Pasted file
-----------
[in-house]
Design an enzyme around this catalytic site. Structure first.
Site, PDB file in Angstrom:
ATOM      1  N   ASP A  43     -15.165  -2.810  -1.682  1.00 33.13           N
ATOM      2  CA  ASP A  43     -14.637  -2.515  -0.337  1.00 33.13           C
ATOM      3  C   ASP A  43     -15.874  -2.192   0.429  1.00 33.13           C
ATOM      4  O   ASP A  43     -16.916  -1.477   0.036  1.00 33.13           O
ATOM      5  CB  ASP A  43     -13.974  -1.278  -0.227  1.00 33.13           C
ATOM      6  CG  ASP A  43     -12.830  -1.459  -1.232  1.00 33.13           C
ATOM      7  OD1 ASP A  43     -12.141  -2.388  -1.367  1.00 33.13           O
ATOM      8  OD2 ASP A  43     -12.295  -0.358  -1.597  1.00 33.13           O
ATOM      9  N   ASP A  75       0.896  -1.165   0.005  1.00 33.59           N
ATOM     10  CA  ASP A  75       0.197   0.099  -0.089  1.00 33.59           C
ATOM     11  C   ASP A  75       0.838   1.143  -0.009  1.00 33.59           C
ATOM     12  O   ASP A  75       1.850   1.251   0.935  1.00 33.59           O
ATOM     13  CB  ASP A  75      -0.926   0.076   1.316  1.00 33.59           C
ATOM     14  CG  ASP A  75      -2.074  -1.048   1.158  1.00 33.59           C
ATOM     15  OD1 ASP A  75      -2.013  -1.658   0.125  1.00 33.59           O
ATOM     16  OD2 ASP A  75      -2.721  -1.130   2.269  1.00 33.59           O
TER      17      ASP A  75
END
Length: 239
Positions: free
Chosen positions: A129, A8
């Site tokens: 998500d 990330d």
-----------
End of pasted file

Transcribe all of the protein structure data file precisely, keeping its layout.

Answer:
[in-house]
Design an enzyme around this catalytic site. Structure first.
Site, PDB file in Angstrom:
ATOM      1  N   ASP A  43     -15.165  -2.810  -1.682  1.00 33.13           N
ATOM      2  CA  ASP A  43     -14.637  -2.515  -0.337  1.00 33.13           C
ATOM      3  C   ASP A  43     -15.874  -2.192   0.429  1.00 33.13           C
ATOM      4  O   ASP A  43     -16.916  -1.477   0.036  1.00 33.13           O
ATOM      5  CB  ASP A  43     -13.974  -1.278  -0.227  1.00 33.13           C
ATOM      6  CG  ASP A  43     -12.830  -1.459  -1.232  1.00 33.13           C
ATOM      7  OD1 ASP A  43     -12.141  -2.388  -1.367  1.00 33.13           O
ATOM      8  OD2 ASP A  43     -12.295  -0.358  -1.597  1.00 33.13           O
ATOM      9  N   ASP A  75       0.896  -1.165   0.005  1.00 33.59           N
ATOM     10  CA  ASP A  75       0.197   0.099  -0.089  1.00 33.59           C
ATOM     11  C   ASP A  75       0.838   1.143  -0.009  1.00 33.59           C
ATOM     12  O   ASP A  75       1.850   1.251   0.935  1.00 33.59           O
ATOM     13  CB  ASP A  75      -0.926   0.076   1.316  1.00 33.59           C
ATOM     14  CG  ASP A  75      -2.074  -1.048   1.158  1.00 33.59           C
ATOM     15  OD1 ASP A  75      -2.013  -1.658   0.125  1.00 33.59           O
ATOM     16  OD2 ASP A  75      -2.721  -1.130   2.269  1.00 33.59           O
TER      17      ASP A  75
END
Length: 239
Positions: free
Chosen positions: A129, A8
């Site tokens: 998500d 990330d």